Friday, April 8, 2011

It's really good for you!

Chances are that if you're on the Sugarmomma's Maple Farm website, you know how good real maple syrup is. Like, so good you have a hard time picking your favorite grade 'cause they're all so delicious! But did you know that maple syrup is good for you, too?

Pure maple syrup contains minerals (including potassium, calcium, magnesium, zinc, thiamine, and manganese), B-vitamins (niacin, pantothenic acid, riboflavin, folic acid, pyridoxine, and biotin), vitamin A, amino acids, antioxidant compounds, and anti-inflammatory compounds.

What 's more, medicinal plant researcher Navindra Seeram reported at a recent national meeting of the American Chemical Society that his team of scientists from the University of Rhode Island has "found more than 20 compounds in maple syrup from Canada that have been linked to human health, 13 of which are newly discovered in maple syrup. In addition, eight of the compounds have been found in the Acer (maple) family for the first time." (

Of these new finds, one that particularly stands out has been dubbed Quebecol (in honor of the Canadian province that leads maple syrup production worldwide). This compound is not present in maple sap and appears to be formed when the sap is boiled to make syrup.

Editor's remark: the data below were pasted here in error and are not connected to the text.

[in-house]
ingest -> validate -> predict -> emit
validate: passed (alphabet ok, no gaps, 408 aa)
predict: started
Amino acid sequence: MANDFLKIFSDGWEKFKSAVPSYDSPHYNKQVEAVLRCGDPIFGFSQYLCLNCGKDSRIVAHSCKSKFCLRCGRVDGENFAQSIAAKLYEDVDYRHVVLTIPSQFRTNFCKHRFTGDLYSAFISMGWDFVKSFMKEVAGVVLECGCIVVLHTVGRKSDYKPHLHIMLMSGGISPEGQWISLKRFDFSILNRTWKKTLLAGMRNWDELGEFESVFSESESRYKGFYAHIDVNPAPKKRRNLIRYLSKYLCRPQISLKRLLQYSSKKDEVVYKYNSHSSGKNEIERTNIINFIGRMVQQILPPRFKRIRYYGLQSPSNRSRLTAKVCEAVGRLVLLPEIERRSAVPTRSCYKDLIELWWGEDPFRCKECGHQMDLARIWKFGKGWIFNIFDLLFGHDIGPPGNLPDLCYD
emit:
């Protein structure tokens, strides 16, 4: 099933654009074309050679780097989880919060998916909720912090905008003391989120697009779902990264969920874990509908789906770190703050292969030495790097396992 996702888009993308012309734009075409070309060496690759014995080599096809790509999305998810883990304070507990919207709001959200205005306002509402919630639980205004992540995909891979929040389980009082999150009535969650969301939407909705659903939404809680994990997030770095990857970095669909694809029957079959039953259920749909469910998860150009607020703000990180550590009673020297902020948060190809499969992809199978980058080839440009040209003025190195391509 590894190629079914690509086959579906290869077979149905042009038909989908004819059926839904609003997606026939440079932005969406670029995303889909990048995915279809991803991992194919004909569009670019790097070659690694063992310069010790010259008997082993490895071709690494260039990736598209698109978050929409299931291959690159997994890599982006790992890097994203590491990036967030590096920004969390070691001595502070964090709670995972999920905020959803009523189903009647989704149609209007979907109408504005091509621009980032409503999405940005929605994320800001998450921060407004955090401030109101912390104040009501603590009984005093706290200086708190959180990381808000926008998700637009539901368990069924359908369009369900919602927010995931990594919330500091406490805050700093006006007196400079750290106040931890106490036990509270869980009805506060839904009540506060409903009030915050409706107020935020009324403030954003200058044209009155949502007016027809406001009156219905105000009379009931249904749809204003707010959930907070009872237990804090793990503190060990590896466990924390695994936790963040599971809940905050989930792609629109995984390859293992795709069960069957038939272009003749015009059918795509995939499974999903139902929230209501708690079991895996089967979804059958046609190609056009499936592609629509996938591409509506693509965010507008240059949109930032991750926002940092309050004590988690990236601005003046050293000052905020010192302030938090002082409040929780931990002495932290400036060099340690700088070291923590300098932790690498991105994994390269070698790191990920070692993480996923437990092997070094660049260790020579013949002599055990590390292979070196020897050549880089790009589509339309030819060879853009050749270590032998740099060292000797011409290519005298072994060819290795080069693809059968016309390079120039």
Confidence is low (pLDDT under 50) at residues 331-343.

"Quebecol has a unique chemical structure or skeleton never before identified in nature," Seeram said. "I believe the process of concentrating the maple sap into maple syrup is what creates Quebecol. There is beneficial and interesting chemistry going on when the boiling process occurs. I believe the heat forms this unique compound." (Science Codex)

Interestingly and perhaps ironically, "several of these anti-oxidant compounds newly identified in maple syrup are also reported to have anti-cancer, anti-bacterial and anti-diabetic properties." (

More maple
If you would like more opportunities to reap the benefits of real maple syrup, try using it for more than just topping pancakes, french toast, and waffles! Use it to sweeten coffee or tea, flavor vegetables or meat, or as a substitute for sugar in baking recipes.
  • Sauté 1 pound of vegetables in butter until almost done, then stir in 2 Tablespoons of maple syrup and continue to cook for a few more minutes. (Use any dense vegetable, like brussels sprouts, parsnips, rutabaga ... don't feel limited to carrots, which Jennifer prepared with Sugarmomma's maple syrup at a recent winter farmers' market, shown in the Seacoast Eat Local photo at right!)
  • Add a few spoonsful of maple syrup to slow cooker recipe for pork, lamb, or beef.
  • For every 1 cup of sugar called for in a baking recipe, use 3\4 cup of pure maple syrup and reduce the liquids in the recipe by 3 tablespoons. (It's important to remember that maple syrup is a bit sweeter than sugar and a liquid, so two kinds of compensation are required.)
As the sugaring season winds down, don't fret; your Sugarmomma has lots of maple to go around. Come sample and purchase Sugarmomma's award-winning maple syrup and other products at Seacoast farmers' markets year round. The last two winter markets are this month, but summer markets start the first week of May in Exeter and Portsmouth!

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